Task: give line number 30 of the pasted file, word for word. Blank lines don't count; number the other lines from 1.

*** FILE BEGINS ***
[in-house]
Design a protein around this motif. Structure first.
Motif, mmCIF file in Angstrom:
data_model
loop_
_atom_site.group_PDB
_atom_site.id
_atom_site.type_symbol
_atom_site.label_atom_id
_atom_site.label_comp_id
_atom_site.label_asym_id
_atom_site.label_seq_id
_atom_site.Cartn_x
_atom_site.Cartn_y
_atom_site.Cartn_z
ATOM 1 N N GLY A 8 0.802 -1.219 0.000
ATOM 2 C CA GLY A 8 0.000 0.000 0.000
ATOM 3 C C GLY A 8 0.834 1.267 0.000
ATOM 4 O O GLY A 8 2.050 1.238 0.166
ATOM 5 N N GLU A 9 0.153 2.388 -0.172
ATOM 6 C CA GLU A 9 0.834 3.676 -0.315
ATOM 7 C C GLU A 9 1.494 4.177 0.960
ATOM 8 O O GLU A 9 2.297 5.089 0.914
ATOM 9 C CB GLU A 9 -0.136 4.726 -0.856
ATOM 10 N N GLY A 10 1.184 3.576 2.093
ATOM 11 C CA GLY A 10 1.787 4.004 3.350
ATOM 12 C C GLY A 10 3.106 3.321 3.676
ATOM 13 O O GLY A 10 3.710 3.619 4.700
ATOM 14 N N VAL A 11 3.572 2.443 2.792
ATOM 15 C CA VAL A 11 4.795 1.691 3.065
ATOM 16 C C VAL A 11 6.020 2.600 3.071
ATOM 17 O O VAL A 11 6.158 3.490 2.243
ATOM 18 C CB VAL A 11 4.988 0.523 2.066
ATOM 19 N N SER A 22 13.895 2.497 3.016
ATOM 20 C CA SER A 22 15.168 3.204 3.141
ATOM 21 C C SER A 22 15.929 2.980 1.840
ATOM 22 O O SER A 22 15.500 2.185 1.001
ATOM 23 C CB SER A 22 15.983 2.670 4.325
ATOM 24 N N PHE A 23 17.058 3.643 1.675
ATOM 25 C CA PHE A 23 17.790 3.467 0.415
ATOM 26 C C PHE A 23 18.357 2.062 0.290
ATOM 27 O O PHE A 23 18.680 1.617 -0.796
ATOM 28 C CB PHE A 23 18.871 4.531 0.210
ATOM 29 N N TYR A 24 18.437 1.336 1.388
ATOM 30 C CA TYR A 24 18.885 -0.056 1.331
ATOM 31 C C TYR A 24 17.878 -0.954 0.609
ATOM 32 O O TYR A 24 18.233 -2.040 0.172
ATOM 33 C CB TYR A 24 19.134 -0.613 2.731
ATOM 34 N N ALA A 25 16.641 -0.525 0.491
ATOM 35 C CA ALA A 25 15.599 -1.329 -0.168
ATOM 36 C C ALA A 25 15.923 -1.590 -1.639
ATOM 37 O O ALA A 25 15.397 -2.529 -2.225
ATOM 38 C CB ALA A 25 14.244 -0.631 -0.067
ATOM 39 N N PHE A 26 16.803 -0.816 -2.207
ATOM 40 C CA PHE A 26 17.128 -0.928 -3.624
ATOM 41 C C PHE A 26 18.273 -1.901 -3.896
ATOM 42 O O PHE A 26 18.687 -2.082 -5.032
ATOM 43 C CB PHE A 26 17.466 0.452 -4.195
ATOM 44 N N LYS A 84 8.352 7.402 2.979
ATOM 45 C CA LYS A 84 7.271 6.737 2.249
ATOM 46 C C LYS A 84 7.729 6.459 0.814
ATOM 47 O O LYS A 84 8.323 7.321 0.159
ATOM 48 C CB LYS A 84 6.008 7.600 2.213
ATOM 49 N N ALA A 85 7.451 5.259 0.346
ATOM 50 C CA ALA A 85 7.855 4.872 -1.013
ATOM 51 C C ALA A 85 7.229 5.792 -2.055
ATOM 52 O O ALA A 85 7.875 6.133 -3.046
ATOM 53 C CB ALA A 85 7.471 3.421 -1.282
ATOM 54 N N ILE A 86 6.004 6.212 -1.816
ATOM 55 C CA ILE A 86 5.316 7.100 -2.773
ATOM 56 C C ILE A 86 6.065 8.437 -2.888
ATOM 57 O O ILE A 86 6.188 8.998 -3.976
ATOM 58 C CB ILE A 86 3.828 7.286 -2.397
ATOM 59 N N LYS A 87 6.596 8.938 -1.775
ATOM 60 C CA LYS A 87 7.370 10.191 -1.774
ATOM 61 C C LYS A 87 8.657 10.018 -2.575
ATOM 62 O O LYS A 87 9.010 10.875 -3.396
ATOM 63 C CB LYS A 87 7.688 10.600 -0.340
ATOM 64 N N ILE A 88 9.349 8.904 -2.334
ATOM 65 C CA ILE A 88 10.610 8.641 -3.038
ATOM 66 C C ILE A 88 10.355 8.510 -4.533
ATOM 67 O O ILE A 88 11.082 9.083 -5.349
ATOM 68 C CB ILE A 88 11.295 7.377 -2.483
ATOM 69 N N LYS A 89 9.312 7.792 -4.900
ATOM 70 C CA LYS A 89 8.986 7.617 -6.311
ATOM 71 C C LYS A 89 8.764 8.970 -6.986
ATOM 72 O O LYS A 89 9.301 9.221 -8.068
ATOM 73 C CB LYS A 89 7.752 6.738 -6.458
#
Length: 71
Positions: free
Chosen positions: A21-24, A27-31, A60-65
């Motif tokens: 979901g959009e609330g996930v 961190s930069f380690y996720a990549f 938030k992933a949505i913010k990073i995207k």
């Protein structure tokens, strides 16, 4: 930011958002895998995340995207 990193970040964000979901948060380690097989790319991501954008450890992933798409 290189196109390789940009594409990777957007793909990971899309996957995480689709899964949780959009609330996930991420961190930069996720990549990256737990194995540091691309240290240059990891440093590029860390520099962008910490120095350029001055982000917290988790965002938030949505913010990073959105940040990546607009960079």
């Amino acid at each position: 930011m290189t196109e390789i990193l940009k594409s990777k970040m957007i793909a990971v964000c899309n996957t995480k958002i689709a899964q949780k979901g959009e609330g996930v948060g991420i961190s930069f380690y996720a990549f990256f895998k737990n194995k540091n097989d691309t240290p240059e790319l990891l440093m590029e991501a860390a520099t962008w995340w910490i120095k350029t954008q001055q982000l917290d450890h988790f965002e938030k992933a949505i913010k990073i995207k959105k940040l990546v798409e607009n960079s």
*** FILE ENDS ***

ATOM 15 C CA VAL A 11 4.795 1.691 3.065